Evolution of a Blog

This blog has evolved as you can tell by comparing the title with most of my recent posts. The title should really be something like "The Physical Interface Side of Computing". It will still feature Raspberry Pi and Arduino from time to time but my current hardware of choice is a BeagleBone Black with JavaScript and Node.js providing the development environment.

Monday, August 25, 2014

Meltdown!

Printer stopped working and on a little examination this is what I found.  Not sure yet what happened but replacing the RAMPS with new connectors has the printer back and happy.


Tuesday, July 15, 2014

Heat and Gas Monitor / Switch

This device was originally designed to monitor a 3D printer for temperature or gas (e.g. smoke) above a certain threshold at which point the printer would be powered down.   The circuit consists of an Arduino Nano connected to a temperature sensor and a gas sensor.   Two LEDs and a buzzer provide feedback.  The circuit drives a relay that can close the PS_ON circuit of an ATX type power supply (or a relay that is part of the power supply circuit for the printer).

There are two different boards with one being 50x50mm that would have the relay mounted off the board as shown in the picture to the right.   The two sensors are also mounted off the board as is the buzzer (upper right of photo).

The other board configuration is 50x100mm and has room for the relay on the PCB.  The relay could be part of a power supply circuit (DC or even AC) but the PCB is really designed to be part of an PS_ON circuit of an ATX power supply as it has an bypass switch that can be used to close that circuit.

Both of the boards are available in a kit form as there are a wide variety of ways that they could be mounted and as many ways to connect the board to sensors.

The PCB also has a connection point for the serial port of the Arduino for diagnostic information output by the sketch that drives the monitor.

As stated above, the monitor was designed for a 3D Printer but it could be used to monitor just about anything for heat and gas where a relay needs to be triggered.  I used the MQ-2 sensor looking for smoke but other MQ sensors could be used for other gas types.

Below is a documentation index for the Heat and Gas Monitor / Switch PCB:

Part 1 - Introduction
Part 2 - Hardware Configuration Options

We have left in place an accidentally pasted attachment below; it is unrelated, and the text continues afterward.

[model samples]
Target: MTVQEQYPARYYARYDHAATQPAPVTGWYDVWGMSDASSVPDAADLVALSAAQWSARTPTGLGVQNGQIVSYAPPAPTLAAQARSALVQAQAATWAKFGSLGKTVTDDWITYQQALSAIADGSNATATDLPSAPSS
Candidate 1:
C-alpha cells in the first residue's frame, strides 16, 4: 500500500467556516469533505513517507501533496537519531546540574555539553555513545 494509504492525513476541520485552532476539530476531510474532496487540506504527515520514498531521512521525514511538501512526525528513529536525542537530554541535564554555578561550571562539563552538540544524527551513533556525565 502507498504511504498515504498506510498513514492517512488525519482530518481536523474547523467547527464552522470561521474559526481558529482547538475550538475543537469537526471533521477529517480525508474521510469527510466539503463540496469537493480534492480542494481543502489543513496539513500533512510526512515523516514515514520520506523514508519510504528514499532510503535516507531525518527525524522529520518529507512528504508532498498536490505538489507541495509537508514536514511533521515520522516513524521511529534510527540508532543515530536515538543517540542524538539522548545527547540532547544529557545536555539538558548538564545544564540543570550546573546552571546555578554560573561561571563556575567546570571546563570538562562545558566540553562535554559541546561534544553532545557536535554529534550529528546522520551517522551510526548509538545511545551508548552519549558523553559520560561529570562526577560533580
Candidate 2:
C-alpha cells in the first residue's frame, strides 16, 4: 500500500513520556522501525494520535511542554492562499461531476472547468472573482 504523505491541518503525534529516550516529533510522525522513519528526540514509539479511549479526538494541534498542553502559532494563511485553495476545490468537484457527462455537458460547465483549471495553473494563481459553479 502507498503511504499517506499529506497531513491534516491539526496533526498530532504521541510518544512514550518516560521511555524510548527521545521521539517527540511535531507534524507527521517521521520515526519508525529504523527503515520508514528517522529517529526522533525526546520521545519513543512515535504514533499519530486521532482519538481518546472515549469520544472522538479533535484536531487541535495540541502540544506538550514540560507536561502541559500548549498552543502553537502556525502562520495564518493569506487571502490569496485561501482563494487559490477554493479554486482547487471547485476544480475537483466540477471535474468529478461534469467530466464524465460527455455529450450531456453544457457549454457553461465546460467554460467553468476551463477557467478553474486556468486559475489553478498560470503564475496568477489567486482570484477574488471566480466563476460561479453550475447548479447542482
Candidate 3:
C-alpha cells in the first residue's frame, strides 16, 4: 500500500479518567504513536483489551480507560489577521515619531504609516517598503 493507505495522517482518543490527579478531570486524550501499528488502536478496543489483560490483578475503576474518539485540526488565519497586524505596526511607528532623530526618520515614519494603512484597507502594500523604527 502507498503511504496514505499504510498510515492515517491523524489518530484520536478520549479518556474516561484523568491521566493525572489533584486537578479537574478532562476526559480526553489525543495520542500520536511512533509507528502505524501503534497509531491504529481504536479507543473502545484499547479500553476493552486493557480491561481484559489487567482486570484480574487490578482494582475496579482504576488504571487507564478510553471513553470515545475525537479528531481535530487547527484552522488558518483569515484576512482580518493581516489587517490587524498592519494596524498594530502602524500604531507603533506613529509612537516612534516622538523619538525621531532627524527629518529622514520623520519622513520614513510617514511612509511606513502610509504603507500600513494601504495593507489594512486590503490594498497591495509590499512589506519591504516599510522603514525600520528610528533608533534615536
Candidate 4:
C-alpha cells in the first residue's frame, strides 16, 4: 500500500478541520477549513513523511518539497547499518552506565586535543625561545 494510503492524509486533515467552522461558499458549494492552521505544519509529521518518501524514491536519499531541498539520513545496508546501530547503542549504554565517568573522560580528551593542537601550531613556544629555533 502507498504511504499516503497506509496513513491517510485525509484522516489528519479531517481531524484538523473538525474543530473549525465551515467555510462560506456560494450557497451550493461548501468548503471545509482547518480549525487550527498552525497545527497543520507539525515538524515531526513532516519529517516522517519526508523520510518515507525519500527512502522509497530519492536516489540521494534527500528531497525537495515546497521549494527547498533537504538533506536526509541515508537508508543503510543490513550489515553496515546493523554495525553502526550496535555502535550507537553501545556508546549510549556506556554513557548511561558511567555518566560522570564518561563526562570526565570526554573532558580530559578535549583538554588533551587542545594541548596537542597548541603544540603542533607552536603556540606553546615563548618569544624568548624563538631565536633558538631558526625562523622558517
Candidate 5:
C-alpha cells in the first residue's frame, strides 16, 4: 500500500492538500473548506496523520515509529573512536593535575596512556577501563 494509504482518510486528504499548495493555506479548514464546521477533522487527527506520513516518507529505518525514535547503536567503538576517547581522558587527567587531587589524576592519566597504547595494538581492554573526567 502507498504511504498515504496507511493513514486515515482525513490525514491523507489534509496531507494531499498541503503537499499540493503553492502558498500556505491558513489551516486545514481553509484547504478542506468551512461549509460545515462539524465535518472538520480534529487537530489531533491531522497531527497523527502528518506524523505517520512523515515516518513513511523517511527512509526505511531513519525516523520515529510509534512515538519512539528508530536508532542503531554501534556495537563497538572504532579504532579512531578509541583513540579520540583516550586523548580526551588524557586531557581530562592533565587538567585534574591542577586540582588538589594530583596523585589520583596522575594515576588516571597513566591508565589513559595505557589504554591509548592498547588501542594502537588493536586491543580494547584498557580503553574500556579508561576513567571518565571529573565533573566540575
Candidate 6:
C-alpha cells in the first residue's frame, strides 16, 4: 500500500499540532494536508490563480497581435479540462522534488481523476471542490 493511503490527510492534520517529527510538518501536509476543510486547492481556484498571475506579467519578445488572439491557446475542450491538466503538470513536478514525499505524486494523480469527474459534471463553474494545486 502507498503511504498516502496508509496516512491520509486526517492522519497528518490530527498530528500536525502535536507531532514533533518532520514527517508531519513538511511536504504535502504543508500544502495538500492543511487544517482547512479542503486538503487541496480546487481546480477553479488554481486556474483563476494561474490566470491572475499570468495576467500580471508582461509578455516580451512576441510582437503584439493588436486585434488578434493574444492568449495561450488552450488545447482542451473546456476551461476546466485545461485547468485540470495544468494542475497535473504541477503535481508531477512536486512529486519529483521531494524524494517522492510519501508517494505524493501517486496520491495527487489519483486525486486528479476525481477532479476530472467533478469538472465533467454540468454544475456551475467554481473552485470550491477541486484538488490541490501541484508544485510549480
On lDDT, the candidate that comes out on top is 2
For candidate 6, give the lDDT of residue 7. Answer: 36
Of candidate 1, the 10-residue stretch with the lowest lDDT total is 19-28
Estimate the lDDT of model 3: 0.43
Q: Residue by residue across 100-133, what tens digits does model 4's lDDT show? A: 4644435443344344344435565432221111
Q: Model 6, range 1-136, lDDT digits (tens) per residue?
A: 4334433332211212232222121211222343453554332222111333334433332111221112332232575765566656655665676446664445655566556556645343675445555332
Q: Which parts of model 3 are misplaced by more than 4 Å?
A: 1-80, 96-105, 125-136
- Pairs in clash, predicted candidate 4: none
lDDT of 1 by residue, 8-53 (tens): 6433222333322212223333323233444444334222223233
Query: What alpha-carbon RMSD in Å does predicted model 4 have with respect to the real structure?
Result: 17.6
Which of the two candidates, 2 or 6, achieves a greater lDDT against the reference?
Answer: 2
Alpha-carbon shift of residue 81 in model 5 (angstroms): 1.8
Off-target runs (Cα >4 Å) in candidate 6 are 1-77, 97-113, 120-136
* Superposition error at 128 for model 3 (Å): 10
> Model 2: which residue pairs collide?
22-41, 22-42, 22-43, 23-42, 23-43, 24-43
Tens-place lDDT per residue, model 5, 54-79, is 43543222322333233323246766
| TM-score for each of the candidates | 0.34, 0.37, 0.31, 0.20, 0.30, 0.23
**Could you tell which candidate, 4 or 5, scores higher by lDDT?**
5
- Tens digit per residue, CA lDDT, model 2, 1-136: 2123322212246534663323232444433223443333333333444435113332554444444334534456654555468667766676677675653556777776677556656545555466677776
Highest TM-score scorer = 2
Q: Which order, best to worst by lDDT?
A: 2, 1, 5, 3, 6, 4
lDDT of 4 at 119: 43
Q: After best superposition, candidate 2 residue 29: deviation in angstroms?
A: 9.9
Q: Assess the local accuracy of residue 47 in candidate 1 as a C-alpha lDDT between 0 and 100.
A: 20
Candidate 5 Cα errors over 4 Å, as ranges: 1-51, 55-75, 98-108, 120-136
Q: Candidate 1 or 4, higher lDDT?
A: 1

Part 3 - Operation
Part 4 - Software Configuration
Part 5 - Assembly

Monday, July 14, 2014

3D Printer (RepRap) Monitor - Part 5 - Assembly

Choosing the Right Board

The larger board allows for a relay to be mounted on the board itself.   This is the configuration that works best for a power supply, such as an ATX, that has a "PS_ON" (or switch on) circuit.   The larger board could also be used for a single relay, of sufficient amperage, that provides power via a single bus.   However, DO NOT wire the "PS_ON" connection on the PCB to anything but a PS_ON circuit!

Choosing the Mounting Location

Two examples of mounting are shown here though others are certainly possible.  The major question will be one of where the two sensors need to be located relative to where the PCB can be mounted.   If the PCB can be mounted where the sensors need to be located then the sensors can be surface mounted on the PCB.   If not then leads will be required to connect the sensors to the PCB.   Likewise the monitors LEDs, reset, and bypass switch can all be surface mounted on the PCB or run remotely depending on placement of the PCB.

Surface Mount or Headers

Two strips of breakable headers can be used to provide mounts for most of the components and connection points on the PCB.   This can allow for easy removal of the Arduino Nano as one example. 

Extensibility

There are solder points on the PCB that expose a number of available pins (including power) on the Arduino Nano.   These could be used for a variety of purposes such as connecting additional sensors and/or relays. 

Assembly

Actual assembly is straightforward.   Either solder the components (or leads) to the board in the places marked or solder on the appropriate headers!  Header strips can be easy broken into the proper lengths using a small wire cutter positioned on top of the pin where a cut needs to be made.  A pin is lost with each cut.  Edges can be sanded to make a smooth end to the header.

Polarity and/or Pin Positioning

The short lead on the LED is the ground.   The PCB shows how the Nano should be mounted as it does for all of the components and connections.  The reset button should be mounted as shown by the picture to the right.

The larger PCB provides a place where a relay can be mounted.   Small cable ties are provided for this purpose.   The larger PCB also allows for a bypass switch that mechanically closes the "PS_ON" circuit assuming that circuit is connected to the PCB.   Do NOT connect anything but a PS_ON circuit to the PCB.

Documentation Index

Below is a documentation index for the Heat and Gas Monitor / Switch PCB:

Part 1 - Introduction
Part 2 - Hardware Configuration Options
Part 3 - Operation
Part 4 - Software Configuration
Part 5 - Assembly


Friday, July 11, 2014

3D Printer (RepRap) Monitor - Buy One


An assumption is made that the buyer of this product is familiar with their RepRap printer, has a solid level of electronics knowledge, an ability to do fairly detailed soldering, and is also familiar with the programming and use of Arduino micro processors!   This is a build it yourself kit running open source software and sold as-is.

Available Configurations


Price includes shipping to destinations within the UK.  Shipping outside of the UK will entail an additional charge.

Kits do not include a relay as this is an implementation specific item.  Nor are wires included as part of the kit option.   See the below pictures for details of what is included in each kit.